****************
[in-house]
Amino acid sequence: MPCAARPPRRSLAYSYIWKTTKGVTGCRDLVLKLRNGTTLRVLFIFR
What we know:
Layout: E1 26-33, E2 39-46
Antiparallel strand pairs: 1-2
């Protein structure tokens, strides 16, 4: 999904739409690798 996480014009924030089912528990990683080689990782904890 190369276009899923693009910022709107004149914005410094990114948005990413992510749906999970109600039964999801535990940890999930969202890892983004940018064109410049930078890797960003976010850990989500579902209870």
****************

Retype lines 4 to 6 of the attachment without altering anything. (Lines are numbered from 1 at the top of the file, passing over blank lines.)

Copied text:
Layout: E1 26-33, E2 39-46
Antiparallel strand pairs: 1-2
């Protein structure tokens, strides 16, 4: 999904739409690798 996480014009924030089912528990990683080689990782904890 190369276009899923693009910022709107004149914005410094990114948005990413992510749906999970109600039964999801535990940890999930969202890892983004940018064109410049930078890797960003976010850990989500579902209870």